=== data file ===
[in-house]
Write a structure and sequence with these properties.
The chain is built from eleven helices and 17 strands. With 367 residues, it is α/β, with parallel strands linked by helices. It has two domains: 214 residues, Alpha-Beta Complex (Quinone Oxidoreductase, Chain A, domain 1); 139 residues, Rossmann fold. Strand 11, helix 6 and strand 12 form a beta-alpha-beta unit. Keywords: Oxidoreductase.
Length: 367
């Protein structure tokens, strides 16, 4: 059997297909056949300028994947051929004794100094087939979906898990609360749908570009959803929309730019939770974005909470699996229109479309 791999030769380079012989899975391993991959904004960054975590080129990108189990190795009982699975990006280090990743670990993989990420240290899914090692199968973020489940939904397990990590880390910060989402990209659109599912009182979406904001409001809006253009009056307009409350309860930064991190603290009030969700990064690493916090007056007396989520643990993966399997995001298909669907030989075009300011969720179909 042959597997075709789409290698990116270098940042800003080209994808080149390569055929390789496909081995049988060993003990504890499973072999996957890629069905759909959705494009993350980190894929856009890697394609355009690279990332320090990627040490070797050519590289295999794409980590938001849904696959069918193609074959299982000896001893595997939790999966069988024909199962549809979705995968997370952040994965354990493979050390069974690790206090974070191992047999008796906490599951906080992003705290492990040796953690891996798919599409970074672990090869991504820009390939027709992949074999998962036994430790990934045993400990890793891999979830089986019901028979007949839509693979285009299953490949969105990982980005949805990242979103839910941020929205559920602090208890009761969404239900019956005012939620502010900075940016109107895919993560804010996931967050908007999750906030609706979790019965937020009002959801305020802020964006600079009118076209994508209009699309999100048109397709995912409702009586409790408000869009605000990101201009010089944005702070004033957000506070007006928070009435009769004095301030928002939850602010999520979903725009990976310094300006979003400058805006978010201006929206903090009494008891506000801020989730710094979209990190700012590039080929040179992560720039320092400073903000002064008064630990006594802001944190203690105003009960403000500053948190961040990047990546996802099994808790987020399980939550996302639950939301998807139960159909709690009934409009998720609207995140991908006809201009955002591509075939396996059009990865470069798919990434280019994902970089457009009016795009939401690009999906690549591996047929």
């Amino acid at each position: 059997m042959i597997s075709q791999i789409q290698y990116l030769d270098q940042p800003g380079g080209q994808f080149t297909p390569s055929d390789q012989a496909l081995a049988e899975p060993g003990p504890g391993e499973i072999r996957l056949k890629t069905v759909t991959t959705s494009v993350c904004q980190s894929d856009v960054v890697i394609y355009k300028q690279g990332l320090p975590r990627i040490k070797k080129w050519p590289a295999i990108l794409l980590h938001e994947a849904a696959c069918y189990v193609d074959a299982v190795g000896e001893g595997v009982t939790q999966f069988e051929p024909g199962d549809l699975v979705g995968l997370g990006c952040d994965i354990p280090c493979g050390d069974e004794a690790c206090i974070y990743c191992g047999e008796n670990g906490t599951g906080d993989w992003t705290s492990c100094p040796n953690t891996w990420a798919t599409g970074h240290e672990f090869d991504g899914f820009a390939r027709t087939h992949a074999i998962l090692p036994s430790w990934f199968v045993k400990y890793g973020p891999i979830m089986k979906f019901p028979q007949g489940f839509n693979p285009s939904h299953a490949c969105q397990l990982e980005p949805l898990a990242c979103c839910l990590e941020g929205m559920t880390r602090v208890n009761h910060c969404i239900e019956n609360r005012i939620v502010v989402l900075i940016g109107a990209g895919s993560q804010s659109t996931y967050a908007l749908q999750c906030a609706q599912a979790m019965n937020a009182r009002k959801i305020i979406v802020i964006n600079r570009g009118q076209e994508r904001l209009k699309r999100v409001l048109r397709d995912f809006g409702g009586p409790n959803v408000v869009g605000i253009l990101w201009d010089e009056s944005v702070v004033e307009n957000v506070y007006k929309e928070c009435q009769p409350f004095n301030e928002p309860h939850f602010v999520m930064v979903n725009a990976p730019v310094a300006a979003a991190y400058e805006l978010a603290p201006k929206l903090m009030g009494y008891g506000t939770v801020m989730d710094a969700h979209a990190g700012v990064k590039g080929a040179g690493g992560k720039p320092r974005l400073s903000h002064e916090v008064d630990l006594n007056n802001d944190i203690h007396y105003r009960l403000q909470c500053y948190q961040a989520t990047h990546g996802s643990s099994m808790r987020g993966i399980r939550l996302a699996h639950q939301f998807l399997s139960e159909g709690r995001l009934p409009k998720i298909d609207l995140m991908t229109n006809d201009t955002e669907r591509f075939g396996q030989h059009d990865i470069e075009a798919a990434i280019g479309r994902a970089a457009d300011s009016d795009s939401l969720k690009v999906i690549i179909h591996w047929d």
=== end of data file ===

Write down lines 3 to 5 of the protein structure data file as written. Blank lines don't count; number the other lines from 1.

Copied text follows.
The chain is built from eleven helices and 17 strands. With 367 residues, it is α/β, with parallel strands linked by helices. It has two domains: 214 residues, Alpha-Beta Complex (Quinone Oxidoreductase, Chain A, domain 1); 139 residues, Rossmann fold. Strand 11, helix 6 and strand 12 form a beta-alpha-beta unit. Keywords: Oxidoreductase.
Length: 367
């Protein structure tokens, strides 16, 4: 059997297909056949300028994947051929004794100094087939979906898990609360749908570009959803929309730019939770974005909470699996229109479309 791999030769380079012989899975391993991959904004960054975590080129990108189990190795009982699975990006280090990743670990993989990420240290899914090692199968973020489940939904397990990590880390910060989402990209659109599912009182979406904001409001809006253009009056307009409350309860930064991190603290009030969700990064690493916090007056007396989520643990993966399997995001298909669907030989075009300011969720179909 042959597997075709789409290698990116270098940042800003080209994808080149390569055929390789496909081995049988060993003990504890499973072999996957890629069905759909959705494009993350980190894929856009890697394609355009690279990332320090990627040490070797050519590289295999794409980590938001849904696959069918193609074959299982000896001893595997939790999966069988024909199962549809979705995968997370952040994965354990493979050390069974690790206090974070191992047999008796906490599951906080992003705290492990040796953690891996798919599409970074672990090869991504820009390939027709992949074999998962036994430790990934045993400990890793891999979830089986019901028979007949839509693979285009299953490949969105990982980005949805990242979103839910941020929205559920602090208890009761969404239900019956005012939620502010900075940016109107895919993560804010996931967050908007999750906030609706979790019965937020009002959801305020802020964006600079009118076209994508209009699309999100048109397709995912409702009586409790408000869009605000990101201009010089944005702070004033957000506070007006928070009435009769004095301030928002939850602010999520979903725009990976310094300006979003400058805006978010201006929206903090009494008891506000801020989730710094979209990190700012590039080929040179992560720039320092400073903000002064008064630990006594802001944190203690105003009960403000500053948190961040990047990546996802099994808790987020399980939550996302639950939301998807139960159909709690009934409009998720609207995140991908006809201009955002591509075939396996059009990865470069798919990434280019994902970089457009009016795009939401690009999906690549591996047929």